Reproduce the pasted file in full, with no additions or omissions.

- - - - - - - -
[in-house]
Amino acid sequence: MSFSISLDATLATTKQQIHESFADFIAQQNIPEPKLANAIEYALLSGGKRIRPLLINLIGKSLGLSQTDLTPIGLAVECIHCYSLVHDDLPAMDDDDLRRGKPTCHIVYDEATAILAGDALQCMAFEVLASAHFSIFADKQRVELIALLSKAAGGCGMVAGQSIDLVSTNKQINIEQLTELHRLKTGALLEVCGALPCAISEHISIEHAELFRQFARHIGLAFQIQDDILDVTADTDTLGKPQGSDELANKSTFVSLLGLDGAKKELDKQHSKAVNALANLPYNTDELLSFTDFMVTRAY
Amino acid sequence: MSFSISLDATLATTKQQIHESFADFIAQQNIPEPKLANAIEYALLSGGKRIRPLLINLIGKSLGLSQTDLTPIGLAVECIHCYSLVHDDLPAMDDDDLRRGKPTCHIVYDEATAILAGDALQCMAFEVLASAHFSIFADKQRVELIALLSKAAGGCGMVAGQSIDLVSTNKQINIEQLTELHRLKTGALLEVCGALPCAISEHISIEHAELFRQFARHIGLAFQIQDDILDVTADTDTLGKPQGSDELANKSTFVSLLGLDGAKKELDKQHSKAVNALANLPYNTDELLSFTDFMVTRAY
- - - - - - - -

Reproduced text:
[in-house]
Amino acid sequence: MSFSISLDATLATTKQQIHESFADFIAQQNIPEPKLANAIEYALLSGGKRIRPLLINLIGKSLGLSQTDLTPIGLAVECIHCYSLVHDDLPAMDDDDLRRGKPTCHIVYDEATAILAGDALQCMAFEVLASAHFSIFADKQRVELIALLSKAAGGCGMVAGQSIDLVSTNKQINIEQLTELHRLKTGALLEVCGALPCAISEHISIEHAELFRQFARHIGLAFQIQDDILDVTADTDTLGKPQGSDELANKSTFVSLLGLDGAKKELDKQHSKAVNALANLPYNTDELLSFTDFMVTRAY
Amino acid sequence: MSFSISLDATLATTKQQIHESFADFIAQQNIPEPKLANAIEYALLSGGKRIRPLLINLIGKSLGLSQTDLTPIGLAVECIHCYSLVHDDLPAMDDDDLRRGKPTCHIVYDEATAILAGDALQCMAFEVLASAHFSIFADKQRVELIALLSKAAGGCGMVAGQSIDLVSTNKQINIEQLTELHRLKTGALLEVCGALPCAISEHISIEHAELFRQFARHIGLAFQIQDDILDVTADTDTLGKPQGSDELANKSTFVSLLGLDGAKKELDKQHSKAVNALANLPYNTDELLSFTDFMVTRAY